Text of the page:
Presenter, Reporter, Producer [Ngāi Tūhoe]
In her 10 year tenure as Māori Affairs correspondent for One News, Tini Molyneux fronted some of the biggest news stories in New Zealand, let alone Māoridom — including the Foreshore and Seabed hikoi, the birth of the Māori Party and the 2007 Urerewa police raids. She began her 30 year television career as a newsreader for Te Karere, and went on to present and report stories for Waka Huia and Marae.
It’s time for us to treat the Māori language as something living — for too long we’ve treated it as this delicate taonga that needs to be preserved. That’s not what it’s about. Broadcaster Tini Molyneux on her hopes for te reo Māori, Radio New Zealand, 25 October 2018
More than 430,000 people watched television coverage of the Māori Queen's tangi. Broadcast across three networks and streamed around the world, the coverage began with the coronation of the successor to Te Arikinui Dame Te Atairangikaahu. Cameras then traced Dame Te Atairangikaahu's final journey from Turangawaewae along the Waikato River by waka, to her final resting place on Mount Taupiri. The presenting team, led by veteran journalist Derek Fox, was chosen by both TVNZ and Māori Television Services.
Breakfast first aired in August 1997 on TV One. Screening five mornings a week over a three hour time slot, the programme mixes news and entertainment interviews with updates of news, sport and weather. The format of one male and one female presenter began with original hosts Mike Hosking and Susan Wood, and has included Pippa Wetzell and Paul Henry (who won controversy for Breakfast comments about an Indian politician), and Brit Rawdon Christie and Alison Pugh. A Saturday version of Breakfast was trialled in 2011, but abandoned the next year.
Hour-long prime time current affairs slot Assignment replaced TVNZ's long-running Frontline in 1995, after Frontline had won controversy for a couple of its stories. A number of Frontline veterans moved across to the new series, including Susan Wood, Rod Vaughan, and Rob Harley. Vaughan and Harley would both win local media awards for their Assignment investigations. At the 1996 TV Guide New Zealand Film and Television Awards, Assignment was judged Best News and Current Affairs Programme.
Since debuting in 1986, Praise Be has become a Sunday morning perennial. In this extended 1993 Christmas special, original Praise Be presenter Graeme Thomson travels far and wide in search of heavenly vocals: including big city cathedrals, schools, among singing sailors at Devonport Naval Base, and to a disused Canterbury flour mill, where the local farming community pack in for 'Away in a Manger'. A number of TV personalities (Judy Bailey, Phillip Leishman) also make appearances, to talk about Christmas and read from the bible.
Marae is the longest running Māori current affairs programme. First broadcast in 1992, the magazine programme aims to keep its audience in touch with the issues, political or otherwise, that affect Māori, and explain kaupapa Māori from a Māori perspective. The Marae Digipoll gives the programme publicity in other media as a respected barometer of matters Māori. Marae was re-launched in October 2010 as Marae Investigates, presented by Scotty Morrison and Jodi Ihaka Marae. It screens on TV One, and is presented half in english and half in te reo Māori.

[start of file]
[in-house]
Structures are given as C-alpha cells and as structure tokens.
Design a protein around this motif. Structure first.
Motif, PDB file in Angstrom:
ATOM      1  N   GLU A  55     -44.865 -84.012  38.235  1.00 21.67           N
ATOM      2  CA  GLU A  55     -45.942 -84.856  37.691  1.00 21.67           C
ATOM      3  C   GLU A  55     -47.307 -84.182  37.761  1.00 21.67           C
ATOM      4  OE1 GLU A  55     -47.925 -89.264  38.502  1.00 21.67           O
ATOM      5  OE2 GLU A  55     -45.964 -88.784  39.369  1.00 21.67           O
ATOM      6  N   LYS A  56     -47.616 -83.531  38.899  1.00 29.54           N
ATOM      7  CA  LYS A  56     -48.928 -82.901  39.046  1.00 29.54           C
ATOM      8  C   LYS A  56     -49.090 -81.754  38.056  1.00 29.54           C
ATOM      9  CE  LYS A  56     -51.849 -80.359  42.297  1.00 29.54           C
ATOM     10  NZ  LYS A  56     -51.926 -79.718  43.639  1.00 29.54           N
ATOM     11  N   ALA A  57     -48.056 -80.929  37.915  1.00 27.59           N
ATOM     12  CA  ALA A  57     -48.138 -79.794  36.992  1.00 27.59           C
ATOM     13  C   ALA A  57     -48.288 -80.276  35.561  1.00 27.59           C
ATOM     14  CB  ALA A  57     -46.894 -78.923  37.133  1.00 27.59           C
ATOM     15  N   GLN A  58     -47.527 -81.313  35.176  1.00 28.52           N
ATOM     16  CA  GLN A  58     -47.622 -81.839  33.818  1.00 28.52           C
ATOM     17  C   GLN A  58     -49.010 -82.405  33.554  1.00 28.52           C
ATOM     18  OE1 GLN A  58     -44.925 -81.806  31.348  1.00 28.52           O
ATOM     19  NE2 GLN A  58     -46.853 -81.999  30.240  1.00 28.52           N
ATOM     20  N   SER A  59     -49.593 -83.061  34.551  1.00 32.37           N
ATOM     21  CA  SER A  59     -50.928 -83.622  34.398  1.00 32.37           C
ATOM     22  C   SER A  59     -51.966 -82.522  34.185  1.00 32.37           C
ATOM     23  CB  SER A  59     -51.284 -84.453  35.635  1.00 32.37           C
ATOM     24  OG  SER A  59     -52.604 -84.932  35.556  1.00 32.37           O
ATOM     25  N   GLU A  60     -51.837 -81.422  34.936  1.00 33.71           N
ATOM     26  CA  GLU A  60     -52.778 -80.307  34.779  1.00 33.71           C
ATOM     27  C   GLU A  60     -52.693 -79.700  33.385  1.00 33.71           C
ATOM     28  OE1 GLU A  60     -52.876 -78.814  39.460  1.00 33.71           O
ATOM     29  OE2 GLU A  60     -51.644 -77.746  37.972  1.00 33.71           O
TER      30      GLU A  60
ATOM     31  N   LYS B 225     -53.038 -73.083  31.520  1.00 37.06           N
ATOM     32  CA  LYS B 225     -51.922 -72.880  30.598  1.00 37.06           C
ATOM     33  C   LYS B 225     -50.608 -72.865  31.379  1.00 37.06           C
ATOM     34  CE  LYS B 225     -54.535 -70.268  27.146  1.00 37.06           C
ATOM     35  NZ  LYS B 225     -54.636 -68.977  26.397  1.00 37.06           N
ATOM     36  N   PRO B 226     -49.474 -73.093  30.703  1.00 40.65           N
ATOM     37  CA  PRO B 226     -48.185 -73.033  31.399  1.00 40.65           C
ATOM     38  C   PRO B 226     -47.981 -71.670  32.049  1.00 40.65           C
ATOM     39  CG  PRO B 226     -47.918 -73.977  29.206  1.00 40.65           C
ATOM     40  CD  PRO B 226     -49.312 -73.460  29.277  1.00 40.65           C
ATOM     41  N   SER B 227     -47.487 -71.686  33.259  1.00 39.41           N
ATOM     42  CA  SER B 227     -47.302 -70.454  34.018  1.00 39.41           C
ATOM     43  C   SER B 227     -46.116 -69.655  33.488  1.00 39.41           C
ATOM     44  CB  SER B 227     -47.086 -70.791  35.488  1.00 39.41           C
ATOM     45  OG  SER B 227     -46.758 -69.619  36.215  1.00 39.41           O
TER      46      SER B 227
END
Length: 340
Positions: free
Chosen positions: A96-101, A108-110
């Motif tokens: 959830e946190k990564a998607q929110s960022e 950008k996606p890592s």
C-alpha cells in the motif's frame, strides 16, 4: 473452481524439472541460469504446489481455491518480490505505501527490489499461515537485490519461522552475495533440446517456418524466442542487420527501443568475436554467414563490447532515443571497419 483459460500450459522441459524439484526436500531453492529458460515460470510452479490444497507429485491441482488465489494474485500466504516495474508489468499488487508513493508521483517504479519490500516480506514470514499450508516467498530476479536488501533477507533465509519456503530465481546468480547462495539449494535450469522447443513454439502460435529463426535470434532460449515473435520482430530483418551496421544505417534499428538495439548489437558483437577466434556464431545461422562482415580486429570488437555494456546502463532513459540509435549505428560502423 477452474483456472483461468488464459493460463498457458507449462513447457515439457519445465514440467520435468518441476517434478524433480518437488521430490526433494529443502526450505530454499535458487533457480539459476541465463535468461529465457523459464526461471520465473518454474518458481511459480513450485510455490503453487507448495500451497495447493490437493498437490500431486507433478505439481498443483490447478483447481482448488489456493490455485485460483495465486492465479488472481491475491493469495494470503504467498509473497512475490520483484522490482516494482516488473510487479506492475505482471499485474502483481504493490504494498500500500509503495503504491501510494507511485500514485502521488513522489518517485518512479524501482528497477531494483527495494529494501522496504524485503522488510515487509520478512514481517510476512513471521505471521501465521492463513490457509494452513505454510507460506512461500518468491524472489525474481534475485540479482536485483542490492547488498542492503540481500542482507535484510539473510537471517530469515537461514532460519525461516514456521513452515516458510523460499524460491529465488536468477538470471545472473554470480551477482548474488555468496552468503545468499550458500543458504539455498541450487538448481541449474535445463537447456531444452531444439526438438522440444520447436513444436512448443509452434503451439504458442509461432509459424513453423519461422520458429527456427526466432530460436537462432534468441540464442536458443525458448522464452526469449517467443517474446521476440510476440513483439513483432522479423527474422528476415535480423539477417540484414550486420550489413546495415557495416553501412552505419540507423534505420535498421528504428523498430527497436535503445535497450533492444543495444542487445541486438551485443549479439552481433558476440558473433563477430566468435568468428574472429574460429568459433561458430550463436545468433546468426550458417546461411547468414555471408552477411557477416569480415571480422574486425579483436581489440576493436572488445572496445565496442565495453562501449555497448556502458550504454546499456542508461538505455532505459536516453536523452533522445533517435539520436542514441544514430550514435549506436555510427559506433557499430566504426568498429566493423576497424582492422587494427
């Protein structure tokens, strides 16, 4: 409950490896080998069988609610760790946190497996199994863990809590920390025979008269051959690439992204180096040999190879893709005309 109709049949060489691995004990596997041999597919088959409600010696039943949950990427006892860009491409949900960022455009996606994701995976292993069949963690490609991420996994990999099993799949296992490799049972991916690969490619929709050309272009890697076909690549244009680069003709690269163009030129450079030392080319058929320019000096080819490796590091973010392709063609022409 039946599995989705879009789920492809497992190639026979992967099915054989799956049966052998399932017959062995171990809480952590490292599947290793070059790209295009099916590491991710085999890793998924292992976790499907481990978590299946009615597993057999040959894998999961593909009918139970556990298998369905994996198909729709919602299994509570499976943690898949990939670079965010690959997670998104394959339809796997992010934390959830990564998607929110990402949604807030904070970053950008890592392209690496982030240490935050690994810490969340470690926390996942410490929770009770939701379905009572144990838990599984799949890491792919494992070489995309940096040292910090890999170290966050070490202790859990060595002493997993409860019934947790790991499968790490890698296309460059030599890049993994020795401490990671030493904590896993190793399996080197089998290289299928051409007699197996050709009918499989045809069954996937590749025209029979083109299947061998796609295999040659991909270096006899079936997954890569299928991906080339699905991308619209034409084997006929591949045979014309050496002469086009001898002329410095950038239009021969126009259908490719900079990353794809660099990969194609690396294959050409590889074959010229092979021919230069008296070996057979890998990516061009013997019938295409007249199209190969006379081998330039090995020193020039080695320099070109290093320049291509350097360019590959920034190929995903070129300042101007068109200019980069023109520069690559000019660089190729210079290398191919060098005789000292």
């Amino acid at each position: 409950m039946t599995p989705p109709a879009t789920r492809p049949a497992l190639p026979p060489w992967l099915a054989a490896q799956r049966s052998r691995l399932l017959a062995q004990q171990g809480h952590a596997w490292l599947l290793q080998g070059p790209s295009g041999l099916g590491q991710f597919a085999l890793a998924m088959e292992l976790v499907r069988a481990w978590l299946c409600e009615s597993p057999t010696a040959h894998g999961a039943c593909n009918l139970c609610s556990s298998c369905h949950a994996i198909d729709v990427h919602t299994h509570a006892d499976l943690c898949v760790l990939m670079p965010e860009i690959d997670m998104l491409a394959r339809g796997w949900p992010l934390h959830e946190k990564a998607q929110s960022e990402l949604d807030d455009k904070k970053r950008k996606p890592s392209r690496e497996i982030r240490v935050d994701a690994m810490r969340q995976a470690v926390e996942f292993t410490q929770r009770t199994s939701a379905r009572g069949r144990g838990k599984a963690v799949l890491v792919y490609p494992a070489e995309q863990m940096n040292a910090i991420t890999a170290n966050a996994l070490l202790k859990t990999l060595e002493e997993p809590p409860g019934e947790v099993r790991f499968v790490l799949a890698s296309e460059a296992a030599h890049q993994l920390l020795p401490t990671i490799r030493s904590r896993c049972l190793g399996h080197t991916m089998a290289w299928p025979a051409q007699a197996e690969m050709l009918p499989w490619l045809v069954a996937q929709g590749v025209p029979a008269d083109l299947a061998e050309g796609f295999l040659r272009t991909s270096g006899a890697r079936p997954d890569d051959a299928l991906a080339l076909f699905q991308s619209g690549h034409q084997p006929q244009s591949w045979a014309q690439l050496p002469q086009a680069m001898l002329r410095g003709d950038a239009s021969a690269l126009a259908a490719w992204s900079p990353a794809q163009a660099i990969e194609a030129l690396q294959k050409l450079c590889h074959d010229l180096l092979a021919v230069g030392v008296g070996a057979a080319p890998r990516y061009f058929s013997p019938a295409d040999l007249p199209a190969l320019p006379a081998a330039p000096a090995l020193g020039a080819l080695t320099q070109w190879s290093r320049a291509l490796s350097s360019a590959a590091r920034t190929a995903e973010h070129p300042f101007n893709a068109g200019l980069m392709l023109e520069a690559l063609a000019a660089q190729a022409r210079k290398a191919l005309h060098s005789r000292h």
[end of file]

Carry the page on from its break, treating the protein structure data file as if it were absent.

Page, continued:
The night before his granddaughter's birthday, a man who likes having a flutter on the horses (Utu star Anzac Wallace) has a "dream". But which horse is he meant to bet on this time? Raniera gets help from his wife (Erihapeti Ngata) and the local community, to understand what the dream might mean. This edition of the pioneering Māori drama series marked Rawiri Paratene's debut as director. Patricia Grace based the screenplay on her story 'The Dream'; Temuera Morrison has a small role. Viewers can choose whether to watch the episode in Te Reo or in English.
A 'waka huia' is traditionally a treasure box to hold the revered huia feather. Waka Huia the TV series records and preserves Māori culture and customs and is presented completely in Te Reo Māori. The long-running series travels extensively to retell tribal histories, and sets a high standard of reo, seeking to interview only fluent speakers. Waka Huia also covers some of the social and political concerns of the day, taking a snapshot of Māori history. Created by Whai Ngata, Waka Huia is a tāonga for future generations.
Te Karere is a long-running daily news programme in te reo Māori. Based in the TVNZ newsroom, Te Karere covers key events and stories in the Māori world as well as bringing a Māori perspective to the day's news. Significant for pioneering Māori news on mainstream TV, for three decades it has been a platform for Māori to comment on issues and events. Founded by Derek Fox, it first went to air during Māori Language Week in 1982, before getting its own regular slot the folowing year. Te Karere initially ran for only four minutes, then 15; in 2009 it was expanded to half an hour.
In 1975 TV One launched with a flagship 6.30 news bulletin which went largely unchanged with the move to TVNZ in 1980. In a 1987 revamp, it became the Network News with dual newsreaders Judy Bailey and Neil Billington (replaced by Richard Long). In 1988, the half hour programme moved to 6pm. With the advent of TV3 in late 1989, it was rebranded One Network News; and, from 1995, extended to an hour. The ill-fated replacing of Long with John Hawkesby in 1999 saw it make headlines rather than report them. In 1999, there was another name change to One News.